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Hot Water/Boiler Issues (Rented Flat)

Discussion in 'Plumbing and Central Heating' started by clolouise24, 29 Jan 2021.

  1. clolouise24


    29 Jan 2021
    Thanks Received:
    United Kingdom
    Hi there,

    I recently moved into a rented flat - it's a nice flat and good for the money, but it's also pretty old and has (from what I can assume) a pretty old boiler system. When I moved in I didn't have hot water, the landlord and landlady haven't actually lived in the flat so when they came over they showed me a couple of switches it 'could be' (pictured below).

    I switched these on, left them for a few hours (it's freezing where I am and I believe nobody has lived in the flat since last April) so assumed it would take a while to come on - checked after a few hours it was still freezing. I looked in the airing cupboard and there was another switch in there, so decided to turn that on and leave it overnight. (Pics of boiler + switch below)

    Came back the next day, probably about 20 hours later - we could hear bubbling water and when I opened the airing cupboard it was a bit steamy so turned the switch in there off. The hot water was running but it was scolding hot, over the last few days it started to cool down and I thought I'd done something right and that it was just regulating itself - but this morning it's practically cold again.

    Spoken to the landlord and he said it seems like the boiler switch is the one to go with and to just turn it on for an hour or so when I need it. It's a bit annoying but not the end of the world since the shower is electric. I just wanted to ask if that sounds right? It's pretty obvious I don't know much about boilers etc (haha) but I just wanted a second opinion since the owners haven't lived in the flat themselves.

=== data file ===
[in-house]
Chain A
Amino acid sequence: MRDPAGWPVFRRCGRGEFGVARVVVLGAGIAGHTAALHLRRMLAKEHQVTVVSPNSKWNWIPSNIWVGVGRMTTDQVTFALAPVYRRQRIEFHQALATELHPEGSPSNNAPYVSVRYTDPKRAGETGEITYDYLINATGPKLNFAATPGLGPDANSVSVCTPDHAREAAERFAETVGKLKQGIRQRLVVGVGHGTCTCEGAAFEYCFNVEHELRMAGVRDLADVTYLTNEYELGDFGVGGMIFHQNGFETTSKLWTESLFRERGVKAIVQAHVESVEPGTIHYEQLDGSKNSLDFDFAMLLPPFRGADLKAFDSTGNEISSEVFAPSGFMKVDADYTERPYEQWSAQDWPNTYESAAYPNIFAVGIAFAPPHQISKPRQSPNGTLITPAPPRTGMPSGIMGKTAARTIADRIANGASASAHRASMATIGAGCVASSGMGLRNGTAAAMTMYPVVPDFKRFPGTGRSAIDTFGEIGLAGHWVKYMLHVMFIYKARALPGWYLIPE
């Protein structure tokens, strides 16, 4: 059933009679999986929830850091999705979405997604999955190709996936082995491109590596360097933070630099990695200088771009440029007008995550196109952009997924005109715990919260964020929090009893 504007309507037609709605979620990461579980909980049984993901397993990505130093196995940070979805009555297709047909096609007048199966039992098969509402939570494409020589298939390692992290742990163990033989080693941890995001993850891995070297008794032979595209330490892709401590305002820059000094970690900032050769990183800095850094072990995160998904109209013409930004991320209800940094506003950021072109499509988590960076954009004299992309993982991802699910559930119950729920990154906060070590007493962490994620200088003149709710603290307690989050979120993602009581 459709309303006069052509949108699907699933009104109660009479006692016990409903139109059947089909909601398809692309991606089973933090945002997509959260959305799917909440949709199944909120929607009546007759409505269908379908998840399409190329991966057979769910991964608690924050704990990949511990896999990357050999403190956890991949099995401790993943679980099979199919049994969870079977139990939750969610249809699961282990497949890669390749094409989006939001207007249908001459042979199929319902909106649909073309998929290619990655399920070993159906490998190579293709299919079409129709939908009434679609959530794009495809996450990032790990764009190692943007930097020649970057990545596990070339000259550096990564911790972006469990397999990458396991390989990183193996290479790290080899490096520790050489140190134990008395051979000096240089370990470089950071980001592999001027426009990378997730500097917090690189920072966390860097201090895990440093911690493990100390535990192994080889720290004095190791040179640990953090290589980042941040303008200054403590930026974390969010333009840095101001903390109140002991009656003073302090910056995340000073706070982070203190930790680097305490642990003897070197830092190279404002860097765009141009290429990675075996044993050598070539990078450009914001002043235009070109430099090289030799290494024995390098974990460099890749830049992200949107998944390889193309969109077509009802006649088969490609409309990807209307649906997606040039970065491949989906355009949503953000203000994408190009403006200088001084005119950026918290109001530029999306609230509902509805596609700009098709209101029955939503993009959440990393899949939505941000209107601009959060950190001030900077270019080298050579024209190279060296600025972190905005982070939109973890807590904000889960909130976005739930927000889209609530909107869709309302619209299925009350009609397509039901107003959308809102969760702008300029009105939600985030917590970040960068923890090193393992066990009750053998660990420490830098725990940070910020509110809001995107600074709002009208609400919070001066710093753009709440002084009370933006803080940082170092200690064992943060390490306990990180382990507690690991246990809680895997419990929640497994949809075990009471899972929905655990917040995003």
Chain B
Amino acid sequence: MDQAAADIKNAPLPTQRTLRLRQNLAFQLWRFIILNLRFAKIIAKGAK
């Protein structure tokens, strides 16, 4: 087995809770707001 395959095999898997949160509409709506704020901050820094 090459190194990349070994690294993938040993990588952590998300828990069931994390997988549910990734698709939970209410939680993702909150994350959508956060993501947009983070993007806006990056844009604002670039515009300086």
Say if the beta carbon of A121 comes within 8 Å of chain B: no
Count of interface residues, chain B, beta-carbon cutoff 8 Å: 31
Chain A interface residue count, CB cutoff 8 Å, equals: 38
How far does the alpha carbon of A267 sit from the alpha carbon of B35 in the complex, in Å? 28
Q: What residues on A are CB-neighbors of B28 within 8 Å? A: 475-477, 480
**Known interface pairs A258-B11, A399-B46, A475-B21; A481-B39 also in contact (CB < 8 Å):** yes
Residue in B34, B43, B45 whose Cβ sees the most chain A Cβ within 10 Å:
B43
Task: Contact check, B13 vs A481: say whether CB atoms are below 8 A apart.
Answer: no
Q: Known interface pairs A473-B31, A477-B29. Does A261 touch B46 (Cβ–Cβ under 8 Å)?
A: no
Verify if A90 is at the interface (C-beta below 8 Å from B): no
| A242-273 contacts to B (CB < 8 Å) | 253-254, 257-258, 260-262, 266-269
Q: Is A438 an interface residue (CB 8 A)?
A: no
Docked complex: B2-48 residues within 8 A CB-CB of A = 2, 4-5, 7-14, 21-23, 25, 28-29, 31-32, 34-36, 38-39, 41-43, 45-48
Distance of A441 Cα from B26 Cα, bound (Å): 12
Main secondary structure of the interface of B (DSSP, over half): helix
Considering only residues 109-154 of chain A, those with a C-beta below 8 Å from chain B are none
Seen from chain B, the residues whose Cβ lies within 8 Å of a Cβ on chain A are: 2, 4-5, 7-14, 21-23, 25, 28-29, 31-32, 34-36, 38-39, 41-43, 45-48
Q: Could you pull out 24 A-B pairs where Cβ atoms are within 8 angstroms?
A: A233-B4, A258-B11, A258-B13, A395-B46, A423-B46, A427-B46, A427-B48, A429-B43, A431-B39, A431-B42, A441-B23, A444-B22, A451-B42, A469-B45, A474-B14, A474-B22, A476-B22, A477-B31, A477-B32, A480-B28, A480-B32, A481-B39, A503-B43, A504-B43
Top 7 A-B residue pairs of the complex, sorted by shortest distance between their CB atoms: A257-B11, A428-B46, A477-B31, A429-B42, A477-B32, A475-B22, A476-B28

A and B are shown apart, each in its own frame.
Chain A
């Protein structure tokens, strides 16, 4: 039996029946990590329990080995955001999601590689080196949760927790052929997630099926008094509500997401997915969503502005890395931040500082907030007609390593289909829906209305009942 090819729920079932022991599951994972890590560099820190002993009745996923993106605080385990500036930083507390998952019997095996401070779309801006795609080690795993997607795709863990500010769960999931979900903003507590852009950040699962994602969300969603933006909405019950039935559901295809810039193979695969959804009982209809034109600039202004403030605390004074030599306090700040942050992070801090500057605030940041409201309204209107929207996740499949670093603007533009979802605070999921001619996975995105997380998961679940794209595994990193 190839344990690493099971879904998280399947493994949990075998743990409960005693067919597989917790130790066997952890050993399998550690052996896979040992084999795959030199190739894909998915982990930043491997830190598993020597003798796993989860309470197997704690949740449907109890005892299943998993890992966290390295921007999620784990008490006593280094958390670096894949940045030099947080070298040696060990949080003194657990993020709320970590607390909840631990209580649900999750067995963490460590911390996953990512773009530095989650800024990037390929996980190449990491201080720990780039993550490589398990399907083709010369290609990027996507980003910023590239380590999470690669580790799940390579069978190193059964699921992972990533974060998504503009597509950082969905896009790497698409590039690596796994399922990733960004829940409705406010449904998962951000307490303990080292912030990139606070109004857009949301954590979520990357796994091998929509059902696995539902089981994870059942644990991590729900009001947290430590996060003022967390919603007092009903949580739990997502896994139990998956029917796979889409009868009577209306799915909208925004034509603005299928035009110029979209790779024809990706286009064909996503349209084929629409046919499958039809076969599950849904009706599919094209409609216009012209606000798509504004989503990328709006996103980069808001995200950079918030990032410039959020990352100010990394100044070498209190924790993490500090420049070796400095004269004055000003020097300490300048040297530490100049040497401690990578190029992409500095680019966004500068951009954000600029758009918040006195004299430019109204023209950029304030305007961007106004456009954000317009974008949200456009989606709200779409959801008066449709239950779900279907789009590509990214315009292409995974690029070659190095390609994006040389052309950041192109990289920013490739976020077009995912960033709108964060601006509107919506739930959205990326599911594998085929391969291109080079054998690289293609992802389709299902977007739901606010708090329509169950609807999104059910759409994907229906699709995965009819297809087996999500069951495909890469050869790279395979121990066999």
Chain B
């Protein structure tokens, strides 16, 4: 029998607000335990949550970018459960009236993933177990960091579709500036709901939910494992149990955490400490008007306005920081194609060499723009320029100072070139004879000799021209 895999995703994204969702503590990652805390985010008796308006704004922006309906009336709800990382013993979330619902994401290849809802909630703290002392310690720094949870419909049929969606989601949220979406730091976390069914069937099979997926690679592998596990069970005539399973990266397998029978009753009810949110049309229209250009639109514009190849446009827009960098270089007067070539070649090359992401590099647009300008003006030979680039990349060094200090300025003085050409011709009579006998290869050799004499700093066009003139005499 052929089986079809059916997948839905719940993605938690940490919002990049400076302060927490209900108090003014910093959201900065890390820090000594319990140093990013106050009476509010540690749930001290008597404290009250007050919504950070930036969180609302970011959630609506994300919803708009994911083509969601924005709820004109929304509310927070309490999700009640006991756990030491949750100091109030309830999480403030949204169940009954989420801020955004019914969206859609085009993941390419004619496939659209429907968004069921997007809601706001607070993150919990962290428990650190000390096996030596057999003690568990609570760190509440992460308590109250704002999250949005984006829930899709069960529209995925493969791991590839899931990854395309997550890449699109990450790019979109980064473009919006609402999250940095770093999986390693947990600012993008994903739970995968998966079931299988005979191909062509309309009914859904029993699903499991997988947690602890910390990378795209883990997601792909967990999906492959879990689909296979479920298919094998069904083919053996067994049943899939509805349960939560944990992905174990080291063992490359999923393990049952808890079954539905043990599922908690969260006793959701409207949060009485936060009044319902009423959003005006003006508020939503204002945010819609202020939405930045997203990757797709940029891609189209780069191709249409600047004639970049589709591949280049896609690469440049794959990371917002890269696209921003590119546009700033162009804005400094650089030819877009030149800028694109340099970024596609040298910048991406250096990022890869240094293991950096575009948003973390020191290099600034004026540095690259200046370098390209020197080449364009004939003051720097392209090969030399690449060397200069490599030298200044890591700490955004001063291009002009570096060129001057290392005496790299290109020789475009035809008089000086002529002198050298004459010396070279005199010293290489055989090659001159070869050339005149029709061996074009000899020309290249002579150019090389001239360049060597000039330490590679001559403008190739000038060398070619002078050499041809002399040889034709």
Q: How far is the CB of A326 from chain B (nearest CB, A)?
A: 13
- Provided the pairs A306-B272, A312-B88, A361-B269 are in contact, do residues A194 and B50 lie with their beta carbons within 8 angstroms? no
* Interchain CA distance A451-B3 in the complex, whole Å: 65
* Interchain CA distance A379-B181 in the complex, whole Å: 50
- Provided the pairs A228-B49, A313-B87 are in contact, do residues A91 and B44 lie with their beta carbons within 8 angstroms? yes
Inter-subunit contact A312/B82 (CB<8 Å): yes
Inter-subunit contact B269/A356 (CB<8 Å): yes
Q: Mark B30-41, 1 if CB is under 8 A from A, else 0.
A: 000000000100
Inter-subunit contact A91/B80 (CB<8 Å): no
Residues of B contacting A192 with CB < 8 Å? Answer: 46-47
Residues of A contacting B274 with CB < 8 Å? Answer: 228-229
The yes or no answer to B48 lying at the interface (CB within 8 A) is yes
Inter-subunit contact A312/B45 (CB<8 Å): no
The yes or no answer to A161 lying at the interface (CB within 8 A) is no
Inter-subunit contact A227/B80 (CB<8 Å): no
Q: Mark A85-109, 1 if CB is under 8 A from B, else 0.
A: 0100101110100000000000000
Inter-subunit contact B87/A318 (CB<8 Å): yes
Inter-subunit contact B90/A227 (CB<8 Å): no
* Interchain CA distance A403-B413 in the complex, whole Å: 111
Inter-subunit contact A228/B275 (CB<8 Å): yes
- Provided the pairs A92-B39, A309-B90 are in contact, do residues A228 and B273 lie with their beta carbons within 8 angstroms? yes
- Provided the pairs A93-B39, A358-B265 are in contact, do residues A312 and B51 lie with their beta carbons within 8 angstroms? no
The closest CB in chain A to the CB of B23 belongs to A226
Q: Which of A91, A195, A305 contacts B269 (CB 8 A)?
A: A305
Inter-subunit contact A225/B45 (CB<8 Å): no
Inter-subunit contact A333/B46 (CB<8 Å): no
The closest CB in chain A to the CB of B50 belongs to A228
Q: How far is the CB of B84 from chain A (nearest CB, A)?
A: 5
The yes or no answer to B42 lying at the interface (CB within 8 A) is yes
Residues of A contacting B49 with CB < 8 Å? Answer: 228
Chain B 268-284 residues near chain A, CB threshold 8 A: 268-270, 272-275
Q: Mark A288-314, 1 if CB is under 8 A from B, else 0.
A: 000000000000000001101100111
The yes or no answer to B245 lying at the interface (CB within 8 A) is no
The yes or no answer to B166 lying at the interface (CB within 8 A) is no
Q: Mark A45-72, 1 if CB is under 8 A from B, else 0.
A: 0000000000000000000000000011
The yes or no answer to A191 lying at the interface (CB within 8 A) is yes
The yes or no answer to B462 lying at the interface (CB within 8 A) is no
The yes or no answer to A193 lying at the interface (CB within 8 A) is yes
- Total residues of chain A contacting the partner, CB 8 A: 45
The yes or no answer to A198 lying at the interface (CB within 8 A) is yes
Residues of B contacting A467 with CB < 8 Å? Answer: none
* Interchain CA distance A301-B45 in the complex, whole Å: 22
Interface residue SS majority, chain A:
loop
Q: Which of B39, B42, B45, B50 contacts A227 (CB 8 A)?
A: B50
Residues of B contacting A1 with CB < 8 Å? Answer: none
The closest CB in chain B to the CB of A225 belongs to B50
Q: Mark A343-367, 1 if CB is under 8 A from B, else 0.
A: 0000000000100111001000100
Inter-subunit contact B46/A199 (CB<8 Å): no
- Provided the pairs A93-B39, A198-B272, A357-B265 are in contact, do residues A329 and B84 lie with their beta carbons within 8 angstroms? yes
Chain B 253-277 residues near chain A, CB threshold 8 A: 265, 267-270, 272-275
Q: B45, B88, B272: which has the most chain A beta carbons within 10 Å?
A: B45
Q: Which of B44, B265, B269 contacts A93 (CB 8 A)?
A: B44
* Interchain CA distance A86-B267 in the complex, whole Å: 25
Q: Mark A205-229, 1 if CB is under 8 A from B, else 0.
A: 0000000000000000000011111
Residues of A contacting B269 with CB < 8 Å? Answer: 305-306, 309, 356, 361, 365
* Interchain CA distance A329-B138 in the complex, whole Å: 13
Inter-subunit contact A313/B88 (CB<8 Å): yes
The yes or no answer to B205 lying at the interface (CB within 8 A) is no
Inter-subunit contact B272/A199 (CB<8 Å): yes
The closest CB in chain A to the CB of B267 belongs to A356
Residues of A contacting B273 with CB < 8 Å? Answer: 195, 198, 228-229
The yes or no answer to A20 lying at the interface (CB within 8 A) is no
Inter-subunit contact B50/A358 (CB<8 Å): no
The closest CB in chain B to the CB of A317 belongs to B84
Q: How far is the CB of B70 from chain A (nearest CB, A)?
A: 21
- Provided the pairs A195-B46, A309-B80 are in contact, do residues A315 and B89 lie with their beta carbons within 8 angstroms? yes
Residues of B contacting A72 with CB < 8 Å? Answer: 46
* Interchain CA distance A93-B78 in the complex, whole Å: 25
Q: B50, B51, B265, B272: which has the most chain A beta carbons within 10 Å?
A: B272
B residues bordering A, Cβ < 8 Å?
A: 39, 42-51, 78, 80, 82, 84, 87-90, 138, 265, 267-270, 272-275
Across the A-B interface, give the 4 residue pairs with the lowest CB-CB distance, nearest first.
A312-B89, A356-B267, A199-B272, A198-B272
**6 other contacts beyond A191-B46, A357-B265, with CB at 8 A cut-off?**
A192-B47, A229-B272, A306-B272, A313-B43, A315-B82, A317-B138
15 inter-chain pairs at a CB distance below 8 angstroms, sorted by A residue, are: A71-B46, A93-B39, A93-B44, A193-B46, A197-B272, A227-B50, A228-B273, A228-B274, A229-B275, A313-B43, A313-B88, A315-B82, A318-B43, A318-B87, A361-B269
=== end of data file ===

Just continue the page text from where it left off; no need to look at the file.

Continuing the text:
Any advice is appreciated!

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  3. sxturbo


    12 Jan 2014
    Thanks Received:
    United Kingdom
    sounds like the stat in the imersion heater is not working, r it doesnt have a stat in it.

    for safety's sake the landlord should really have a proper timer installed.

    i presume the boiler doesnt heat the hot water?
  4. oldbuffer


    6 May 2010
    Thanks Received:
    United Kingdom
    1. What you have described and pictures is not a boiler, it is a combination water cylinder.
    2. Top (uninsulated) part is cold water storage.
    3. Bottom (larger) part with the red jacket insulation is the hot water cylinder.
    4. By the sound of it, your hot water is heated by an electric immersion heater.
    5. A modern immersion heater should have the following components:
    5a. The heating element itself, which is immersed in the water inside the cylinder.
    5b. An adjustable thermostat. This switches the electric current on when the water is cold, and off when it reaches the pre-set temperature. It is automatic.
    5c. An overheat thermostat. This will switch the current off if the water reaches too high a temperature, usually around 85 degrees. It is a safety device and has to be reset manually.
    6. It sounds as if you have an old style immersion heater without the overheat thermostat. And it sounds as if the thermostat has failed.
    7. I would request you get your landlord to replace the thermostat with a more modern one having the overheat thermostat incorporated into it.
    8. The thermostat sits in a "pocket" (a tube with closed ends), so no water drainage is needed to change it.
    9. The immersion heater and thermostats operate at mains voltage, so NOT a DIY job unless you are comfortable with working with lethal voltages and have the necessary equipment.
    10. The landlord is obliged by law to have an Electrical Installation Condition Report for any tenancy starting later than about September 2020 and for all tenancies including existing from about July 2021. (England, not sure about rest of UK).
    11. If the flat is all electric, you may have a dual rate electricity meter. If so, you may have two immersion heaters fitted. Normally one near base of cylinder which heats up overnight on cheap rate electricity, and one near or in the top which can be used to heat the top 1/3 of the cylinder if you run out of hot water. The upper one runs at normal rate electricity.
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